Many of the story lines surrounding Monday’s match-up between the Chicago Cubs and Philadelphia Phillies centered around the starting pitching duo. It was the first time former Cub Jake Arrieta had faced his old team since signing a three-year, $75 million deal with the Phillies following the 2017 season.
In his four full seasons with the Cubs, Arrieta posted a 2.67 ERA across 119 starts, racking up a 151 ERA-plus (51 percent better than league average) during his time on the north side. Of course, those numbers encompassed two no-hitters from the right-hander and a Cy Young award in 2015.
During that campaign, Arrieta posted a sparkling 1.77 ERA, leading the league in wins (22), complete games (four) and shut-outs (three) while holding opposing hitters to an average of 5.9 hits per nine innings across that same time frame. For his efforts, as mentioned above, Arrieta won the National League Cy Young award in ’15, helping to establish three straight seasons of the veteran finishing in the top-ten for that honor.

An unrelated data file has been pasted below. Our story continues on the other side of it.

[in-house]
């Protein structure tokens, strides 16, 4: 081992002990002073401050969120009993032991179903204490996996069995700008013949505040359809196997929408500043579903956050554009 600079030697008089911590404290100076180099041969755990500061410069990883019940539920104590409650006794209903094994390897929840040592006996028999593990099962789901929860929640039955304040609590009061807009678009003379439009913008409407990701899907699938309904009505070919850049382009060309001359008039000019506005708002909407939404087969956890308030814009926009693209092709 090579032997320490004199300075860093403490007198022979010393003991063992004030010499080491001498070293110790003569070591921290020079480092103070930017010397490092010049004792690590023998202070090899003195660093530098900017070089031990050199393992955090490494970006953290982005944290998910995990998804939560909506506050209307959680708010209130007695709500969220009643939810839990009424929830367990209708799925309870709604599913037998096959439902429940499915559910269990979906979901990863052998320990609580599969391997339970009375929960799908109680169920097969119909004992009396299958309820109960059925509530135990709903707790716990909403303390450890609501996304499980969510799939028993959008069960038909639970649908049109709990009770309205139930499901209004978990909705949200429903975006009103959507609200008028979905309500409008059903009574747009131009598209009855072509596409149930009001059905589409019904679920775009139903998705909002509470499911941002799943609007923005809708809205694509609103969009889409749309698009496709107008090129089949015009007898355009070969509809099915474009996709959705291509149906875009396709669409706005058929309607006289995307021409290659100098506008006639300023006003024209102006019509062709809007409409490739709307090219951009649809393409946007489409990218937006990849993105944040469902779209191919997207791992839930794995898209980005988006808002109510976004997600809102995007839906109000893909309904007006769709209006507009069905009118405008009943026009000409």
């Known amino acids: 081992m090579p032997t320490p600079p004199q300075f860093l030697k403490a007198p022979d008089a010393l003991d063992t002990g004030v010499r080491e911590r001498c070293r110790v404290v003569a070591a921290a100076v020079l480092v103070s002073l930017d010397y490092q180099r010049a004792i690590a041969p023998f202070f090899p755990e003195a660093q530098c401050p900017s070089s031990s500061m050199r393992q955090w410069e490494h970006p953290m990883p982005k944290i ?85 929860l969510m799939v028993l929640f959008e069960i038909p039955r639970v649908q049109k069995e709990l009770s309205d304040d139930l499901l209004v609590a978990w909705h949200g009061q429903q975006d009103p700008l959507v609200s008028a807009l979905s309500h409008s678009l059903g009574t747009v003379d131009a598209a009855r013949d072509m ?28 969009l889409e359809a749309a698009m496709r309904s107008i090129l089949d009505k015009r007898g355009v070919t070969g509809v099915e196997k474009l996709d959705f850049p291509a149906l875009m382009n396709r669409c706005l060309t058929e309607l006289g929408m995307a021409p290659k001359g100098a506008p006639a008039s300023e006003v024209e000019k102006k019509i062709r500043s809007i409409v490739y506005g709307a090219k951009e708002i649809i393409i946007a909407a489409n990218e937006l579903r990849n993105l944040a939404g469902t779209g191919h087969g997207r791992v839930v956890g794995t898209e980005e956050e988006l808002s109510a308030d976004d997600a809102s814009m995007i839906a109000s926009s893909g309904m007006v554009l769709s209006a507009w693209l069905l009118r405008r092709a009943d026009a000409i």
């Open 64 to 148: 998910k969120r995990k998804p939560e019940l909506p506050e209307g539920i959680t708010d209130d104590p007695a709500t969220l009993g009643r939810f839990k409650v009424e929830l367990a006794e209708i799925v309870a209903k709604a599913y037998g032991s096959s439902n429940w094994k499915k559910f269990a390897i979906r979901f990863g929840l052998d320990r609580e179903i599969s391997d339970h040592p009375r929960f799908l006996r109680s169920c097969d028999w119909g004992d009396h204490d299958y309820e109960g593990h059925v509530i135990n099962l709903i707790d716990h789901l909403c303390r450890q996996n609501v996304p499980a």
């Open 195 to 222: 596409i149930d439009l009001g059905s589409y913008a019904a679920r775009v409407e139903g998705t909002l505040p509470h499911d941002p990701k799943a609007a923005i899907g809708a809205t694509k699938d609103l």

In the postseason, Arrieta was equally as valuable for the Cubs, allowing just five hits to the Pittsburgh Pirates during the 2015 NL Wild Card game while striking out 11 as Chicago advanced into the NLDS. That start, the Cubs would go on to defeat the St. Louis Cardinals to advance to the NLCS, helped kick-off this recent run of success by the franchise, culminating in a World Series trophy in 2016.
It was in that World Series against the Cleveland Indians that Arrieta made two starts, amassing 11.1 innings, posting a 2.38 ERA in the process while winning both of his outings and recording a WHIP south of one. As many will remember, the Cubs needed all seven games to bounce back from a 3-1 deficit to defeat the Indians in seven electrifying games to break the 108-year championship drought.